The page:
Germany: Rhine Valley

The best proof that the Rhine Valley is regularly soaked by sun? The lush vineyards that tumble down its slopes.

Riverboating is the ideal way to explore the Rhine Valley — embark on an elegant CroisiEurope cruise, lounge on the front deck with a Riesling wine in hand and watch the valley scenery unfold: Castles preside high above the Rhine Gorge, while the riverbanks are lined with rolling green fields punctuated by historic villages. Highlights along the way include stately Loreley rock, jutting into the blue sky over the Rhine; and the wine-making town of Rudewheim, which has a beautifully preserved Old Town and the bar-lined Drosselgasse, where you can sip frothy mugs of beer while tapping your feet to oompah bands.

Photo Courtesy Discover Los Angeles

California: Los Angeles

"In Los Angeles, everyone is a star," actor Denzel Washington once opined. But though the celebrity culture of Hollywood often dominates the city, for many the real star is the gorgeous coastline.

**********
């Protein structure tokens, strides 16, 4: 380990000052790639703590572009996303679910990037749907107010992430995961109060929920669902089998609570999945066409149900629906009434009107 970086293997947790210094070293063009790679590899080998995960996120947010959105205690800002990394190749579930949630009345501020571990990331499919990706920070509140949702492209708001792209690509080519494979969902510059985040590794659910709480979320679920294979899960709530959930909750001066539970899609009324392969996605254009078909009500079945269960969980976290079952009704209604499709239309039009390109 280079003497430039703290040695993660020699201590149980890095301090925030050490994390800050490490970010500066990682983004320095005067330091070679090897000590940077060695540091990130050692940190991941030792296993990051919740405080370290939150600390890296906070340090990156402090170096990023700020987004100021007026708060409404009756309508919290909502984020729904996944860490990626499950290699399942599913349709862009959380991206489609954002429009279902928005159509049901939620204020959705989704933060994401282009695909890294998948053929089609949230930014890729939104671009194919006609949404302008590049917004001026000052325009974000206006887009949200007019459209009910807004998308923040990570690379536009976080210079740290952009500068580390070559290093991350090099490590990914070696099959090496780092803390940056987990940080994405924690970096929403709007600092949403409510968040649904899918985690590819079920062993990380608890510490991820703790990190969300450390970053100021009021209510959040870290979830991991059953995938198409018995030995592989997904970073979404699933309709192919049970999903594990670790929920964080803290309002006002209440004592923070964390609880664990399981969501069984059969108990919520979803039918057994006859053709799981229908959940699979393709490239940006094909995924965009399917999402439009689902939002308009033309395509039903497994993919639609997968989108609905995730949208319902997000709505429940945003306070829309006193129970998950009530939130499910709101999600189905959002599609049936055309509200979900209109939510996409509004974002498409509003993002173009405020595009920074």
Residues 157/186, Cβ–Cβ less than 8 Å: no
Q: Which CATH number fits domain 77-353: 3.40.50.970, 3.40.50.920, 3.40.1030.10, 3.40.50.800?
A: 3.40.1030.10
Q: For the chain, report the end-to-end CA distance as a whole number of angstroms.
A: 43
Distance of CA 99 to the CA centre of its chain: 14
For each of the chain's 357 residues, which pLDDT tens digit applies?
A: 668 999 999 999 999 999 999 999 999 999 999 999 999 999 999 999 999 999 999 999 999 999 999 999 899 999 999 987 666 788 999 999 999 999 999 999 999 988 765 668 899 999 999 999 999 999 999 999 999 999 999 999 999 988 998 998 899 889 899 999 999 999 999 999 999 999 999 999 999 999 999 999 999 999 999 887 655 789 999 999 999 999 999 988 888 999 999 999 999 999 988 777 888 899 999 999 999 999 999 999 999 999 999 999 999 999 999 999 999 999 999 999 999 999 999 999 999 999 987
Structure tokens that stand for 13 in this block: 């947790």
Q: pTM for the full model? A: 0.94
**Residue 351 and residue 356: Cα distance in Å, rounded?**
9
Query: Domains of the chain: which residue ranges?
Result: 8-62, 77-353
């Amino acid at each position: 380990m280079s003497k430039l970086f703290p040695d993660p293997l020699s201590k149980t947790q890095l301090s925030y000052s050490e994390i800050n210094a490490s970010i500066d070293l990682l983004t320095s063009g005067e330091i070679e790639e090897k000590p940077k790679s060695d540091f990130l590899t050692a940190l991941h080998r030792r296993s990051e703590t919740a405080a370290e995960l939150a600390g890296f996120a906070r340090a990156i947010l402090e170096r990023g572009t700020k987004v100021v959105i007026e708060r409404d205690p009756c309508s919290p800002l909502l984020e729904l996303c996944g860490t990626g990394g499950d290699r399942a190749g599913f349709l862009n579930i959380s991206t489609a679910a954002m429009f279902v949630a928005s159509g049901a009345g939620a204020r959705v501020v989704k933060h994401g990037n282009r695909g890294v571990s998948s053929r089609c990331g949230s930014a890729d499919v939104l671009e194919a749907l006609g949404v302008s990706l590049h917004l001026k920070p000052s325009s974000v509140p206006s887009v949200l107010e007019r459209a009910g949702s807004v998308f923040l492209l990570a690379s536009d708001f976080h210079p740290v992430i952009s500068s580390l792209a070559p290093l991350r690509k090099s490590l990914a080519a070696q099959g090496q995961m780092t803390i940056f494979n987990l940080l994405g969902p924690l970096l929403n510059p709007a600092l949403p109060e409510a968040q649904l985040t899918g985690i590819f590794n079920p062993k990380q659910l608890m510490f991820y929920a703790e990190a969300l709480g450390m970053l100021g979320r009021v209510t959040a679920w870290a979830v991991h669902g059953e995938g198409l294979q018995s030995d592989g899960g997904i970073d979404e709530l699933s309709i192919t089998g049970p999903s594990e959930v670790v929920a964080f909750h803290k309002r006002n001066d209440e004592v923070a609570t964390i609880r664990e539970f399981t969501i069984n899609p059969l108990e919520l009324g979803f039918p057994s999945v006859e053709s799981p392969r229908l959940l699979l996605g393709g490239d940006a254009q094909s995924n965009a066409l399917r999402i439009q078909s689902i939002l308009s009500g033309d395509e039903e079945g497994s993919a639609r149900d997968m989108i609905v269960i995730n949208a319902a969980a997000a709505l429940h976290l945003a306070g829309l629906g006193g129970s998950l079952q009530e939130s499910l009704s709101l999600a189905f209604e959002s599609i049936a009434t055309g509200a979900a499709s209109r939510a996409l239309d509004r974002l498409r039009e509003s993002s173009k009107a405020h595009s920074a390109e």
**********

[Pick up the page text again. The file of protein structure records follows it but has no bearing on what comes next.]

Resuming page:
The richly diverse California coastline around L.A. essentially has a beach for every beachgoer. To escape the city noise, drive the winding Pacific Coast Highway to El Matador Beach, 10 miles northwest of Malibu, which offers screensaver-worthy views — craggy cliffs, milky-white sands, pounding surf. At the opposite end of the spectrum, spend a day at colorful Venice Beach, just south of Santa Monica Beach, among inline skaters, pumped-up gym rats, and raucous volleyball players. Surf's up at the rugged Leo Carrillo State Beach, 28 miles north of Santa Monica, with mellow waves and blissfully crowd-free beaches framed by striking rock formations.

Of course, what's a day at the beach without a cocktail (or three) to toast the setting sun? Settle in at the airy The Bungalow in Santa Monica, where you can ease into the evening surrounded by palm trees as the last rays of the sun sink into the horizon.

Caribbean: St. Barts, Puerto Rico, Martinique, Anguilla

"Fun in the sun" is a hallmark of the Caribbean. And though the islands have had a captive audience for decades, that doesn't mean they've become lackadaisical — quite the contrary.